Claimants' eighth cause of action alleges malicious prosecution. "The elements of the tort of malicious prosecution are: (1) the commencement or continuation of a criminal proceeding by the defendant against the plaintiff, (2) the termination of the proceeding in favor of the accused, (3) the absence of probable cause for the criminal proceeding and (4) actual malice" (Broughton v State of New York, 37 NY2d 451, 457 [1975], cert. denied sub nom., Schanbarger v Kellogg, 423 US 929 [1975]; see also Martinez v City of Schenectady, 97 NY2d 78, 84 [2001]; Smith-Hunter v Harvey, 95 NY2d 191, 195 [2000]). Claimants do not allege that a criminal proceeding was commenced and therefore the first element of a cause of action for malicious prosecution is lacking. Claimants' eighth cause of action must therefore be dismissed.

Claimants' tenth cause of action allege defendant's course of conduct with respect to this matter went beyond ordinary negligence and constituted gross negligence.(3) Assuming this allegation is referring to the manner in which the investigation occurred, "there is no claim in New York for negligent . . . investigation" (Peterec v State of New York, 124 AD3d 858, 859 [2d Dept 2015]; Ellsworth v City of Gloversville, 269 AD2d 654, 656-657 [3d Dept 2000]). Accordingly, claimants' tenth cause of action must be dismissed.

Lastly, Elise Hofmann and McKenzie Buchanan allege in Claim Numbers 128542 and 128527 that the defendant's conduct toward their husbands caused them harm. These claims are subject to dismissal because the defendant breached no duty owed directly to these claimants. To the extent these claims could be interpreted as derivative of their husbands' claims, they fail for all of the aforementioned reasons their husbands' claims failed. While these claims were not the subject of defendant's motions, given their nature the Court will dismiss them sua sponte.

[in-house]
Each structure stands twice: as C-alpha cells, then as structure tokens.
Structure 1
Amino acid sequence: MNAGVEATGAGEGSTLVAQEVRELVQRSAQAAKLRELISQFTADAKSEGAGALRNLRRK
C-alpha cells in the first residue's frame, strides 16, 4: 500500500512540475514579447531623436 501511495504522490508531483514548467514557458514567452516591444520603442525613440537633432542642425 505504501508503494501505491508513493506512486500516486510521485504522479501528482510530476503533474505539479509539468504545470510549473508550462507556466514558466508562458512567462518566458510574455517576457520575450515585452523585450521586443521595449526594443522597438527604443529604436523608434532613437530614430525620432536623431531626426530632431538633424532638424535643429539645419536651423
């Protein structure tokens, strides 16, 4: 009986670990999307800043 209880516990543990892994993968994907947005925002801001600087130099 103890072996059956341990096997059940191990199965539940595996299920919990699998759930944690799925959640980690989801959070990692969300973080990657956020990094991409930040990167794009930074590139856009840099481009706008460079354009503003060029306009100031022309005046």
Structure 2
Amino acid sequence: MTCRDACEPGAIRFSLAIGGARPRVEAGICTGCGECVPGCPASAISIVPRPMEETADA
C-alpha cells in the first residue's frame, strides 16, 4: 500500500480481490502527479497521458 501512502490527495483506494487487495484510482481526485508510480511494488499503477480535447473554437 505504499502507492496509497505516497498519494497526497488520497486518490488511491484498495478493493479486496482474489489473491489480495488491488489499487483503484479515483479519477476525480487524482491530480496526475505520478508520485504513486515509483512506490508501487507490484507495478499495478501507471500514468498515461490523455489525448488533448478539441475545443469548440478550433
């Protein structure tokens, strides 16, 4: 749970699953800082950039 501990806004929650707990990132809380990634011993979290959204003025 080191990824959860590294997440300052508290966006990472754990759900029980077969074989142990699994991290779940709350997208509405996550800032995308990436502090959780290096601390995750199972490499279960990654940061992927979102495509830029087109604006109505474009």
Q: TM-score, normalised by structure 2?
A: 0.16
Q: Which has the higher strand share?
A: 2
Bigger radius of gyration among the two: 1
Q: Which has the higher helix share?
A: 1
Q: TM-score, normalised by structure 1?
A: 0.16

Accordingly, defendant's motions are granted and Claim Numbers 128544,128539, 128543,128541, 128542 and 128527 are dismissed.

November 1, 2018

Saratoga Springs, New York

FRANCIS T. COLLINS

Judge of the Court of Claims

Papers Considered:

Claim 128544

  1. Notice of motion, dated July 10, 2018;
  2. Affirmation of Anthony Rotondi, Esq., dated July 10, 2018, with Exhibits A and B;
  3. Affirmation of Douglas Walter Drazen, Esq., dated August 28, 2018.

Claim 128539

  1. Notice of motion, dated July 10, 2018;
  2. Affirmation of Anthony Rotondi, Esq., dated July 10, 2018, with Exhibits A and B;
  3. Affirmation of Douglas Walter Drazen, Esq., dated August 28, 2018.

Claim 128543

  1. Notice of motion, dated July 10, 2018;
  2. Affirmation of Anthony Rotondi, Esq., dated July 10, 2018, with Exhibits A and B;
  3. Affirmation of Douglas Walter Drazen, Esq., dated August 28, 2018.

Claim 128541

  1. Notice of motion, dated July 10, 2018;
  2. Affirmation of Anthony Rotondi, Esq., dated July 10, 2018, with Exhibits A and B;
  3. Affirmation of Douglas Walter Drazen, Esq., dated August 28, 2018.

1. Unless otherwise indicated, "claimants" refers to the claimants in Claim Numbers 128544, 128539, 128543 and 128541.

2. Taggart's filed claim (Claim No. 128543) does not include substantive allegations with respect to his eighth cause of action and does not include a ninth cause of action as do the other claims herein. It appears one of the pages of the filed claim may have been cut-off.

3. Claimant Taggart (Claim No. 128543) does not allege an eighth cause of action and his ninth cause of action was incomplete in the filed claim.